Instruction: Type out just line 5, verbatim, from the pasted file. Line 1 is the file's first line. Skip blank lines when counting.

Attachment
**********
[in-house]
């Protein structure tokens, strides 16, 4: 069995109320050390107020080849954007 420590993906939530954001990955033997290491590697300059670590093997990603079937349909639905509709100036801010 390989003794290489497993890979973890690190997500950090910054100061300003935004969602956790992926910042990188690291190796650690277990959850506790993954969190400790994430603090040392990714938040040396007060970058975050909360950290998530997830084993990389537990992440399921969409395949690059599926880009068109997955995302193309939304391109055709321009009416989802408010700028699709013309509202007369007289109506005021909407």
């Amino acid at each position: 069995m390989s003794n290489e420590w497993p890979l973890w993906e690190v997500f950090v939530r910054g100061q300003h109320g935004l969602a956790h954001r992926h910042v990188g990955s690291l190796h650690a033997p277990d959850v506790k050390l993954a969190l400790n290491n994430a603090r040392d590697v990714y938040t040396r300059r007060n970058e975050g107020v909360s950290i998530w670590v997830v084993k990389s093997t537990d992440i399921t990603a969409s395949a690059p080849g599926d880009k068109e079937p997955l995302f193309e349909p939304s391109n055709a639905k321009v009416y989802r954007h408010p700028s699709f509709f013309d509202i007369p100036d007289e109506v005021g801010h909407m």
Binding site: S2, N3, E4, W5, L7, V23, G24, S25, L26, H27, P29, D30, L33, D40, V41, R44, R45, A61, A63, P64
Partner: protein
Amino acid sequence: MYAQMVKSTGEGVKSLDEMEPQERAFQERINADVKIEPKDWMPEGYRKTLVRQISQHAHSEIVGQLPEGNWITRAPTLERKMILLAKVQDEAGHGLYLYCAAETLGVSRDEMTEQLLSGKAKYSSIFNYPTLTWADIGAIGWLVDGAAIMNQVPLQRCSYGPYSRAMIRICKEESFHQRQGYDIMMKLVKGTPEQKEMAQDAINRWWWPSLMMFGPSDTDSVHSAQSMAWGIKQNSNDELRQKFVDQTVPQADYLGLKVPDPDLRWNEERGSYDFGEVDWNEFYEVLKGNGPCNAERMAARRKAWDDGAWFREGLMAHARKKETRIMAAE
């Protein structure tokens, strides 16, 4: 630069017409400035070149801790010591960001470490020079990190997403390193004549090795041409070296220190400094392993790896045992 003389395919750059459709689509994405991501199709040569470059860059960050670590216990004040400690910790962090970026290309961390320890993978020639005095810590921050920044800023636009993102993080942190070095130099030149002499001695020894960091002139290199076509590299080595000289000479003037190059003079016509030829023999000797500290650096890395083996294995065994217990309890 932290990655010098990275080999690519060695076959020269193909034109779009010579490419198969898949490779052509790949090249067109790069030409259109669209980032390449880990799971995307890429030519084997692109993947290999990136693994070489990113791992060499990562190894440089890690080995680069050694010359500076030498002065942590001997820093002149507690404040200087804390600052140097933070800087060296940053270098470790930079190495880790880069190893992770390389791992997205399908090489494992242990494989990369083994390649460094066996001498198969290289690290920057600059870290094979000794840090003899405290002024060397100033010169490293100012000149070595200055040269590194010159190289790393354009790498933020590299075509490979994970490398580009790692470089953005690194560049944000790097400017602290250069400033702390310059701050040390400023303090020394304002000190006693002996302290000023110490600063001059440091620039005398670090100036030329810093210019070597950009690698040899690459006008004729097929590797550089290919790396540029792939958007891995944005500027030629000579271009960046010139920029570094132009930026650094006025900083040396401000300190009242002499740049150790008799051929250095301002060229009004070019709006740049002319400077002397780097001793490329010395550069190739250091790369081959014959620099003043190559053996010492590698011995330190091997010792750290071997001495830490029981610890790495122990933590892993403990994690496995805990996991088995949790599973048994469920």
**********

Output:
Partner: protein